LOS ANGELES (Reuters) - If cosmetic makeovers mask our most unsavory features, then a new documentary has stripped away the many changes Joan Rivers has made to herself over the years and laid bare the comedian at age 77.
“Joan Rivers - A Piece of Work” reaches movie theaters in major U.S. cities on Friday, and with it comes an unflinching look at the woman who rose through male-dominated comedy clubs in the 1960s to become a regular on U.S. television.
She famously saw her personal and financial life spiral downward after the suicide of her husband and manager, Edgar Rosenberg, in 1987. But Rivers regained her career footing as a commentator of Hollywood red carpet fashion and, perhaps with the aid of cosmetic surgery, found herself a rejuvenated star.
Rivers told Reuters that with the documentary, she wanted to “show age and how age can be a barrier to people” and said the biggest misconception about her is that she is all about the “Golden Past” when her current act “is sharper than ever.”
“I also thought it might be a good time to show a slice of my life because I hadn’t done an autobiography in 15 years, and this was sort of a lazy person’s way of doing it,” she joked.
But “A Piece of Work” is no joke. It was made by documentary filmmakers Ricki Stern and Annie Sundberg, whose past credits include a tale of the Darfur genocide, “The Devil Came on Horseback,” and the story of a man wrongly convicted of rape and murder, “The Trials of Darryl Hunt.”
In Rivers’ life, they saw a universal tale of an underdog who finds huge success, tumbles from lofty heights and rebounds by reinvention. For her part, Rivers saw a pair of storytellers who would dig into psyche and show it — warts and all.
“I loved them because they weren’t going to do a puff piece,” Rivers said. “There have been a few documentaries out there lately, and you knew nothing of the people at the end. So why do them? That was exactly what I didn’t want,” she said.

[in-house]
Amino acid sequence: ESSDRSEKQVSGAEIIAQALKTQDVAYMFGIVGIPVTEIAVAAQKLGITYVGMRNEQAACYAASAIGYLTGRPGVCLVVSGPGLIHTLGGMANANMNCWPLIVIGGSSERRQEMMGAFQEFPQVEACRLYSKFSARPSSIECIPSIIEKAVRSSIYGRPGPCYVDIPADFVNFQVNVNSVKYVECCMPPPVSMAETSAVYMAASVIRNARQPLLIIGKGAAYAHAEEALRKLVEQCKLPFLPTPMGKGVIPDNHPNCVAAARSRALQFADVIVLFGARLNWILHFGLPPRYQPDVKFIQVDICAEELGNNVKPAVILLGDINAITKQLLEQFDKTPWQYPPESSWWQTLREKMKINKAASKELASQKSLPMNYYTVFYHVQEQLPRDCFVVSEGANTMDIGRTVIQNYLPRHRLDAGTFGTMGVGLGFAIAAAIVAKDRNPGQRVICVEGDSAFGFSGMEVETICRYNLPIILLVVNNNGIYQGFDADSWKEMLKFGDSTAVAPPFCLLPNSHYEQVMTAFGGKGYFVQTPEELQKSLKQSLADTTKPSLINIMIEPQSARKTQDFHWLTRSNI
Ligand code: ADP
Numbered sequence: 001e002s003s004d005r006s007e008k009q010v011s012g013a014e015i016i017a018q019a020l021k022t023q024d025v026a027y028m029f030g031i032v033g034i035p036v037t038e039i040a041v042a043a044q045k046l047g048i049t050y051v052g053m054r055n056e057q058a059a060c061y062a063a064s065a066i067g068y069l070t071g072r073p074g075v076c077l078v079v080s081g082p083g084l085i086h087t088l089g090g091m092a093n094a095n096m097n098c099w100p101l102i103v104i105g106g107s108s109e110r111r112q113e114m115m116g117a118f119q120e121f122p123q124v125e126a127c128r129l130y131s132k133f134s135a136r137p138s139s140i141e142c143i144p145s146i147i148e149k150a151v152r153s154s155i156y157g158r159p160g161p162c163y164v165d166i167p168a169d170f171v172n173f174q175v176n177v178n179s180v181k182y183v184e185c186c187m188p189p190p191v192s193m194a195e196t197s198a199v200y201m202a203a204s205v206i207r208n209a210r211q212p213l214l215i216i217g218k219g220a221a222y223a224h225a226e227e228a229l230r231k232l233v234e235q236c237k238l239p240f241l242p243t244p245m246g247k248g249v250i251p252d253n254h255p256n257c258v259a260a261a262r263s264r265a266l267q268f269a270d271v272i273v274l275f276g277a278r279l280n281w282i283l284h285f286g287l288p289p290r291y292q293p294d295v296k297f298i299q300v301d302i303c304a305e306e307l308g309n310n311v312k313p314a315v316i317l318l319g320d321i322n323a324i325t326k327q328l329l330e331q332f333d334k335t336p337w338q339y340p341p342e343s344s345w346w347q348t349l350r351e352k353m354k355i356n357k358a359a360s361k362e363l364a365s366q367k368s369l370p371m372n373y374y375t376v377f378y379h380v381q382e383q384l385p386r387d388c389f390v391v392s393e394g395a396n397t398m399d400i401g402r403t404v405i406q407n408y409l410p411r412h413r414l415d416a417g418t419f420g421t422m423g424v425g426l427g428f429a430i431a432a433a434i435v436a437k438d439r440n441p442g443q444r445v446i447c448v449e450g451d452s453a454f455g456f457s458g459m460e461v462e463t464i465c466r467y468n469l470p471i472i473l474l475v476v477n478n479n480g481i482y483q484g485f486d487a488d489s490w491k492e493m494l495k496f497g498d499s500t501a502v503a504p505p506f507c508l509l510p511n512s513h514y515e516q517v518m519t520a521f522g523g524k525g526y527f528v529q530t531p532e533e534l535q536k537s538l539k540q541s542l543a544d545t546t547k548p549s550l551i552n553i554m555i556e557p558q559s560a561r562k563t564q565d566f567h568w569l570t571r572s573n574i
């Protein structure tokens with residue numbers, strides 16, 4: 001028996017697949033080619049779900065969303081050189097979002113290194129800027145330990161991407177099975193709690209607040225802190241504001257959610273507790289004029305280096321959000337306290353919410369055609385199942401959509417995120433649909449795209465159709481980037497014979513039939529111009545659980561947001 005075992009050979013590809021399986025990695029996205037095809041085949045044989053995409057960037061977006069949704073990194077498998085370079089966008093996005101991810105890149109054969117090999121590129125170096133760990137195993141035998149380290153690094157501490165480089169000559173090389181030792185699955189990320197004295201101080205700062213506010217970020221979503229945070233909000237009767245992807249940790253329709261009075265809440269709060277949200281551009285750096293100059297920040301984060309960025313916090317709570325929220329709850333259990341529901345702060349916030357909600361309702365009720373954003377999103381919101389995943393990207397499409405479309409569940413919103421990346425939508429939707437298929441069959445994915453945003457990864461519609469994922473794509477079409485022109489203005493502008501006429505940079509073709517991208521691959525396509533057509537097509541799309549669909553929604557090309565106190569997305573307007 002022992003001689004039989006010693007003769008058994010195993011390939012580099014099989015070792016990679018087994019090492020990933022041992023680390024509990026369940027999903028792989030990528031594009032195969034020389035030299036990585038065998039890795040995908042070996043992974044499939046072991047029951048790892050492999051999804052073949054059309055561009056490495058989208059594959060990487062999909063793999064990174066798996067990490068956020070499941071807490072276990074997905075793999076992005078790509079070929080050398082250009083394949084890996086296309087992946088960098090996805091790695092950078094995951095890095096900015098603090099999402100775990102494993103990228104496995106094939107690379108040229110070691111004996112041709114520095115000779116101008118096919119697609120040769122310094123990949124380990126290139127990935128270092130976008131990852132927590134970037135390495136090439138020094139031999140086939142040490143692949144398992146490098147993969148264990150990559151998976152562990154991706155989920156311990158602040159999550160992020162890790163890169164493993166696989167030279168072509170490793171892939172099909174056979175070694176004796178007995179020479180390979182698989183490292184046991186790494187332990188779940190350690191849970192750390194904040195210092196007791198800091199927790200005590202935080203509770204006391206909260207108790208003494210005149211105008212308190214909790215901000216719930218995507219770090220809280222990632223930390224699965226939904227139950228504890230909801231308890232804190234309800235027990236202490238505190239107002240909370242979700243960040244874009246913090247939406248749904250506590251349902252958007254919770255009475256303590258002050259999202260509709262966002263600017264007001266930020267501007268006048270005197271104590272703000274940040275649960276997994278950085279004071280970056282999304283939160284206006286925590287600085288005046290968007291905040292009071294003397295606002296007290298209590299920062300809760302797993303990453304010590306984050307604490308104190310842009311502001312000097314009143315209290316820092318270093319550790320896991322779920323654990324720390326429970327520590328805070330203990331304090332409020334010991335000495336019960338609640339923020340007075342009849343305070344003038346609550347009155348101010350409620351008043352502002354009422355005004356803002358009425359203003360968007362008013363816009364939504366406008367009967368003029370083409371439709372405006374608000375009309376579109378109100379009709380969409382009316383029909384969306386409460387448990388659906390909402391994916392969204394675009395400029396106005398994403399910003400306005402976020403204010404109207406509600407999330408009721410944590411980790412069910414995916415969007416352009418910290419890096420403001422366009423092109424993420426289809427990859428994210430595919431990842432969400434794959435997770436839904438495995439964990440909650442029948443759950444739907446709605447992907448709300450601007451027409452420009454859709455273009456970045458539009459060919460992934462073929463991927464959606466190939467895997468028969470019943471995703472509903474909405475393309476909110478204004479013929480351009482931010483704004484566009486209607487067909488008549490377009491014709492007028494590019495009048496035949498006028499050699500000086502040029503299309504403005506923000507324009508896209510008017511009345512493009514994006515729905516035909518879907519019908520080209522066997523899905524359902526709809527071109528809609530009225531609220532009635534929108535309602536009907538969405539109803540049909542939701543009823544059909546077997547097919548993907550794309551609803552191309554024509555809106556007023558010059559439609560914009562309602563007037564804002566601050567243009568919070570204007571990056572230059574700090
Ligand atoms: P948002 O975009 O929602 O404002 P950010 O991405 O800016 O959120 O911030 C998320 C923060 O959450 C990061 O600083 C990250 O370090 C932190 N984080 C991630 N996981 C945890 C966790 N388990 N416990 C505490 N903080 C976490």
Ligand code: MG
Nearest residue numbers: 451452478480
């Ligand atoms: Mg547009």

Stern and Sundberg started filming Rivers on her 75th birthday and followed her for 14 months, which was no easy feat due to her heavy schedule. The pair describe a two-day period in which Rivers gave a morning speech, signed books, performed stand-up, flew across the United States for a talk show, then returned across country to hold a dinner party for friends.
While telling of her current life, the film flashes back to Rivers as a young stand-up, making it to late-night TV’s “The Tonight Show” where she became fill-in for Johnny Carson.
It also tells how Carson, when Rivers jumped to a rival network in 1986 to start her own “The Late Show Starring Joan Rivers,” turned his back on her and never talked to her again, which Rivers chalks up to her being a woman in a man’s world.
The most trying times came after Rosenberg died and Rivers found herself in financial ruin while still raising their teenage daughter, Melissa. When asked what was worse, losing her husband or having to work harder in life than she ever had just to regain her financial footing, she chose the latter.
“Of course, finances. You have no time to mourn when you have to worry how are we going to keep the house,” she said.
Starting in the 1990s, Rivers’ brash style of comedy that cut through the facade of how people act or what they say — her first catch phrase was “Can We Talk” — lent itself greatly to Hollywood and fashion.
Rivers began commenting on red carpet gowns and the antics of celebrities, often with Melissa by her side. She went back out on the road, wrote books and starred in a one-woman show.
She never stopped working and never stopped trying to regain her youth through cosmetic surgery — a fact that has earned her much criticism in pop culture that she shrugs off.
“We’re in a youth-oriented world. Men like to look at pretty pictures,” Rivers said. “Anything that makes you get through life a little happier, do it. For God’s sake, do it.”
On what she wants audiences to learn from her life, as told in “A Piece of Work,” Rivers is just as candid.
“My life has proven — and I hope to others that go through things that seem insurmountable — find another way in,” she said. “You know, I like to say, they may take out a vein, but you find another way to keep the blood flowing.”
Editing by Jill Serjeant